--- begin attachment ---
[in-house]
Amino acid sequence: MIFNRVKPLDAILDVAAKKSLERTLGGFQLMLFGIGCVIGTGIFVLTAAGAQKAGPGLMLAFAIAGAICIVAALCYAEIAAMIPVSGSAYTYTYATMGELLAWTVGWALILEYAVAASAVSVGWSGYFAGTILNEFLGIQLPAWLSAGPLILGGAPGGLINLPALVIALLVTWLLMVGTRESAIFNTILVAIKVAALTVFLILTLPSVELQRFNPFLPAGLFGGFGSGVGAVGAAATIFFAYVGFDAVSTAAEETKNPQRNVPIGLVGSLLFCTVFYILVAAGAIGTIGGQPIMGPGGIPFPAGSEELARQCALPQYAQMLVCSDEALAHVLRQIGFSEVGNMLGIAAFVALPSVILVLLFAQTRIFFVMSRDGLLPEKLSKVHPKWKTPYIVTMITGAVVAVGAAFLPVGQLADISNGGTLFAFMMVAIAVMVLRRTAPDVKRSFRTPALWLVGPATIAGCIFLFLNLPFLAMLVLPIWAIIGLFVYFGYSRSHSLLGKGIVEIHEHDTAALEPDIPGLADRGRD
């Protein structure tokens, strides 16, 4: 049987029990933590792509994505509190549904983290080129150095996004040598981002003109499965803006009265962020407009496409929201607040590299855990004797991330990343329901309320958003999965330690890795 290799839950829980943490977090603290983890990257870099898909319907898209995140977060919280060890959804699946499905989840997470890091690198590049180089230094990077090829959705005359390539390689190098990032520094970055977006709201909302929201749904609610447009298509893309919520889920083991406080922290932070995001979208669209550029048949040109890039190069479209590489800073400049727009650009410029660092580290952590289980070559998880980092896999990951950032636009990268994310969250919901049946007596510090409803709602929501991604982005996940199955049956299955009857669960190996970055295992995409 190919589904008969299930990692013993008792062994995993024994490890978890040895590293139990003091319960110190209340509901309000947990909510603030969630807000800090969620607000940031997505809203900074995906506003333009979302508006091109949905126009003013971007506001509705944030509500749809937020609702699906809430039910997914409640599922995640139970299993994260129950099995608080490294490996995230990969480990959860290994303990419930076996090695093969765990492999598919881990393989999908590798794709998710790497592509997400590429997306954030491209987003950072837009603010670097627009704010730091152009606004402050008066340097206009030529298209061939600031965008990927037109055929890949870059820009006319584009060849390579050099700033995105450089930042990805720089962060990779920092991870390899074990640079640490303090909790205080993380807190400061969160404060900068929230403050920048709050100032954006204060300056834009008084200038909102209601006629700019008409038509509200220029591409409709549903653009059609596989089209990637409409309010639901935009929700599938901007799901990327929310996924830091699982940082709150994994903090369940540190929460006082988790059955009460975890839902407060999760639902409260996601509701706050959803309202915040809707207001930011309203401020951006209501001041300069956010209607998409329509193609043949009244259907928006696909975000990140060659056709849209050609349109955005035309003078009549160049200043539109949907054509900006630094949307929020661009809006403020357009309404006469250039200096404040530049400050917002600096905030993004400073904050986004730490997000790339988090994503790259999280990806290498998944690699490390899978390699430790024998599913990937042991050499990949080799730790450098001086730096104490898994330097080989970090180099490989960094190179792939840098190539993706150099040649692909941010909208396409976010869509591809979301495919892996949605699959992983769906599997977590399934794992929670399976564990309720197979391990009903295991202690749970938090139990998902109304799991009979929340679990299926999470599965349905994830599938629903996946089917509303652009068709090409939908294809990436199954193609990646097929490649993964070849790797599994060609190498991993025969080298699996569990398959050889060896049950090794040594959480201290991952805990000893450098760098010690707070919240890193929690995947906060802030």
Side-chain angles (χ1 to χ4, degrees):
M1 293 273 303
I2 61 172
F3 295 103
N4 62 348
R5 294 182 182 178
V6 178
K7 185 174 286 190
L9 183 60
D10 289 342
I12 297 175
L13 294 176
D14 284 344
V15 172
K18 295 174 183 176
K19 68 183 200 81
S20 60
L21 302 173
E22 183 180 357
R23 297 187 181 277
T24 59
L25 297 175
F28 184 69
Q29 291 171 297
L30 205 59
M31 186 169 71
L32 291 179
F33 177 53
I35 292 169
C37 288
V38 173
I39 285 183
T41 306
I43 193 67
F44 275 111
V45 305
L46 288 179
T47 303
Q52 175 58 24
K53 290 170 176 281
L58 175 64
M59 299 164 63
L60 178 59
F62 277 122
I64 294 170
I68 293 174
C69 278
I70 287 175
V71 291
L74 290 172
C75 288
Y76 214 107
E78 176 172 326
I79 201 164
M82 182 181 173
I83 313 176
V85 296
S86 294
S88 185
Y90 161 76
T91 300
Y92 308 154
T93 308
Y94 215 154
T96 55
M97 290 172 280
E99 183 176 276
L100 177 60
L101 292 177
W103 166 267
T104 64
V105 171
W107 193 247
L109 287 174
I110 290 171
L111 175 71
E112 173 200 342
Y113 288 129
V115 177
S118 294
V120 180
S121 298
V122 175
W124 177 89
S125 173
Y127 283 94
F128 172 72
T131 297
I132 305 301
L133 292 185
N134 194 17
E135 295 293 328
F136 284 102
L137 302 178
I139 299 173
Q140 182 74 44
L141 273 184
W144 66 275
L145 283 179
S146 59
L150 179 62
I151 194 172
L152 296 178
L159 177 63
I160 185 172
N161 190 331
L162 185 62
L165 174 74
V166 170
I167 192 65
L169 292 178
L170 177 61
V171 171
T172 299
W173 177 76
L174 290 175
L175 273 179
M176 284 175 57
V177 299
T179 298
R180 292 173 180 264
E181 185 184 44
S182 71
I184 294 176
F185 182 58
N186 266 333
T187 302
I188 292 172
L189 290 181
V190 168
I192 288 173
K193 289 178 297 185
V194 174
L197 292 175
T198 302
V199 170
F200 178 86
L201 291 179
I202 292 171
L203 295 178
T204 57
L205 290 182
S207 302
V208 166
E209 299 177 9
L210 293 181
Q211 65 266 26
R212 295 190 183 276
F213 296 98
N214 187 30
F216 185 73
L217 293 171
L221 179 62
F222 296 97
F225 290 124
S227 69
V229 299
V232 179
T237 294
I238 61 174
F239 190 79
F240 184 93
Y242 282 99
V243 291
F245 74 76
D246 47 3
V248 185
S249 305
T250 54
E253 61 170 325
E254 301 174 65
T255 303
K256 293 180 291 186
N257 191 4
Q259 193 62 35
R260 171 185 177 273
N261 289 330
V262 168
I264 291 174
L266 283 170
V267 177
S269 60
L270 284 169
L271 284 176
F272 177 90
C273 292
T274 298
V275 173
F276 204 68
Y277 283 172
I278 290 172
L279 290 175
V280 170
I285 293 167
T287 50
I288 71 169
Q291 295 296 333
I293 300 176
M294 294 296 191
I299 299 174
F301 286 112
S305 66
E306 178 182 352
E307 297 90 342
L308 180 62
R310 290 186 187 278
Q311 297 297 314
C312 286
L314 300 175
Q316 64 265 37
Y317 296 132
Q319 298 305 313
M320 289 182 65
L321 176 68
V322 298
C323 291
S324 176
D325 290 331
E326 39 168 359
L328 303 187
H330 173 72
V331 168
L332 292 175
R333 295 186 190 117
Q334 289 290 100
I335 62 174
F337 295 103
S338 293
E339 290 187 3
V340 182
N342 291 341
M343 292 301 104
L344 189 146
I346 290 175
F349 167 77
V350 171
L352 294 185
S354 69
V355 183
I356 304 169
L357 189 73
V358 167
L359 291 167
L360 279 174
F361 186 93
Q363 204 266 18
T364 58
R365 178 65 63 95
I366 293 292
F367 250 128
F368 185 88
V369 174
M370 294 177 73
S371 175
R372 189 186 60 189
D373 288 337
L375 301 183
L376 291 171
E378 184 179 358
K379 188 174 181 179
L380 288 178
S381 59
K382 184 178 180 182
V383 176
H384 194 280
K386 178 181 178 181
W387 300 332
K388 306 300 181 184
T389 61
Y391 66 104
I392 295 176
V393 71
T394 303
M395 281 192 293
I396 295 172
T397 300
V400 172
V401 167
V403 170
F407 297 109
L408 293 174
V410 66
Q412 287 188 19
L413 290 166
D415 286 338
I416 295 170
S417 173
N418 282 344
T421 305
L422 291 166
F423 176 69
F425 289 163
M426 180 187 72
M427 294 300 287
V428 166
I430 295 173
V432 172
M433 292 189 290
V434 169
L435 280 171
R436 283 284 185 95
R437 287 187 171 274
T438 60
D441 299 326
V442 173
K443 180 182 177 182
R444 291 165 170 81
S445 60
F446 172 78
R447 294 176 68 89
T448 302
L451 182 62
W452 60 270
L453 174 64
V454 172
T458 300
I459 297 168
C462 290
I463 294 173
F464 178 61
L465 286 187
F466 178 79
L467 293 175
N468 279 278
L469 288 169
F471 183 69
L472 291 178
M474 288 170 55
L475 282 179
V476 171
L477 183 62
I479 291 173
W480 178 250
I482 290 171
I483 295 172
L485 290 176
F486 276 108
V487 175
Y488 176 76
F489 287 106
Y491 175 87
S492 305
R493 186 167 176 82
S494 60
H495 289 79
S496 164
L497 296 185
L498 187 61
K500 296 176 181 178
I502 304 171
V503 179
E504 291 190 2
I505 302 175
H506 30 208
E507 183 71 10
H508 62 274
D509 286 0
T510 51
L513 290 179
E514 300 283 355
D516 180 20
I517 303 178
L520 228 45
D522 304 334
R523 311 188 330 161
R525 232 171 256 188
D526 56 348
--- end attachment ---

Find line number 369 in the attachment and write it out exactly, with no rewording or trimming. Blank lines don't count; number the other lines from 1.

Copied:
R525 232 171 256 188